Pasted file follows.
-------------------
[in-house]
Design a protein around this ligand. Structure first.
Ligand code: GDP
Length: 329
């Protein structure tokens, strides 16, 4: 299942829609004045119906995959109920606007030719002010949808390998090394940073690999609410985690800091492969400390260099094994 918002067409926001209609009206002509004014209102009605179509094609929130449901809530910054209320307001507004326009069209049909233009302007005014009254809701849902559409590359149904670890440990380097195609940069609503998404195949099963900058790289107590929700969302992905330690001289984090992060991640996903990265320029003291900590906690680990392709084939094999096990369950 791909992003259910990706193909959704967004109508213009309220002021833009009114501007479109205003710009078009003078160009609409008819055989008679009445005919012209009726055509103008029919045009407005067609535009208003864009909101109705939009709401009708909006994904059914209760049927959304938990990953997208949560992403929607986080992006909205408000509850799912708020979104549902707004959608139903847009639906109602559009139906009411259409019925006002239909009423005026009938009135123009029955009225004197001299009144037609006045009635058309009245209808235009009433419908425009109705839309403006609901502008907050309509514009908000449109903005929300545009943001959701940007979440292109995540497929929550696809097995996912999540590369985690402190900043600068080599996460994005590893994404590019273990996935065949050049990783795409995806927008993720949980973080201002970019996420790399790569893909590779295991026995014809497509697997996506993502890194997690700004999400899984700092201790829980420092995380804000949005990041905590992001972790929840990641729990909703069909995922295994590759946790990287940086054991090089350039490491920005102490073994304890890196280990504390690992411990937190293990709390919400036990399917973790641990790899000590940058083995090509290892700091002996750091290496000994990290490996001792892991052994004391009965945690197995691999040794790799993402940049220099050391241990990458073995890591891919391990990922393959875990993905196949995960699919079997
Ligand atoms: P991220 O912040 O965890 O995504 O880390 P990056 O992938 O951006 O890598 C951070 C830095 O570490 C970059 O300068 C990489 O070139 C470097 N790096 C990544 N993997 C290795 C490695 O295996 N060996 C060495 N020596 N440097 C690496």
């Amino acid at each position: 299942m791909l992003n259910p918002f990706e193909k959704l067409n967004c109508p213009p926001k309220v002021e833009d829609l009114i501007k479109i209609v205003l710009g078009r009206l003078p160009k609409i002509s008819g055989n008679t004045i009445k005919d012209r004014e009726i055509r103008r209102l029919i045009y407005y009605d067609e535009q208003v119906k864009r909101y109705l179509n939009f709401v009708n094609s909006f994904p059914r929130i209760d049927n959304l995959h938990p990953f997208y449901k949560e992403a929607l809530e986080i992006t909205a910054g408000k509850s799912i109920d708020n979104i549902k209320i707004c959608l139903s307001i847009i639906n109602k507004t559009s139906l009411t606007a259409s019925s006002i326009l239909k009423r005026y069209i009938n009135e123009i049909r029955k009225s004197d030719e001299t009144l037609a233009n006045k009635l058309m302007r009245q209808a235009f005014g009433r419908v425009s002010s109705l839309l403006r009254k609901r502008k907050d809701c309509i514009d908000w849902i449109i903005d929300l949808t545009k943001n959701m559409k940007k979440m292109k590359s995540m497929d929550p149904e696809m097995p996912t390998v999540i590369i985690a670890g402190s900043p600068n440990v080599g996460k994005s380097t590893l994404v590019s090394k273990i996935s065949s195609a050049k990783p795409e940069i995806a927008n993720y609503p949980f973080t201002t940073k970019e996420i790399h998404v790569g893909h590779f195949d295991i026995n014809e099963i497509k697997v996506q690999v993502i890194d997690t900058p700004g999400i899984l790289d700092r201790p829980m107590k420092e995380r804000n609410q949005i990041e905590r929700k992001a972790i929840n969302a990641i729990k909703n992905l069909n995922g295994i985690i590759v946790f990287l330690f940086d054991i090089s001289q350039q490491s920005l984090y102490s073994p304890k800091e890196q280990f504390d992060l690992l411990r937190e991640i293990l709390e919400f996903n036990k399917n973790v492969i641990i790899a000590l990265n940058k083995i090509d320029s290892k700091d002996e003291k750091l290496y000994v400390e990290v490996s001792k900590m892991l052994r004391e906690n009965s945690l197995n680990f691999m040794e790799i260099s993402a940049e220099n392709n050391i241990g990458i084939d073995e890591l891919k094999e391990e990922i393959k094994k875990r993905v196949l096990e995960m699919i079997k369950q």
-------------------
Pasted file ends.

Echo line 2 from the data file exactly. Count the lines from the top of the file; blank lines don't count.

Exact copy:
Design a protein around this ligand. Structure first.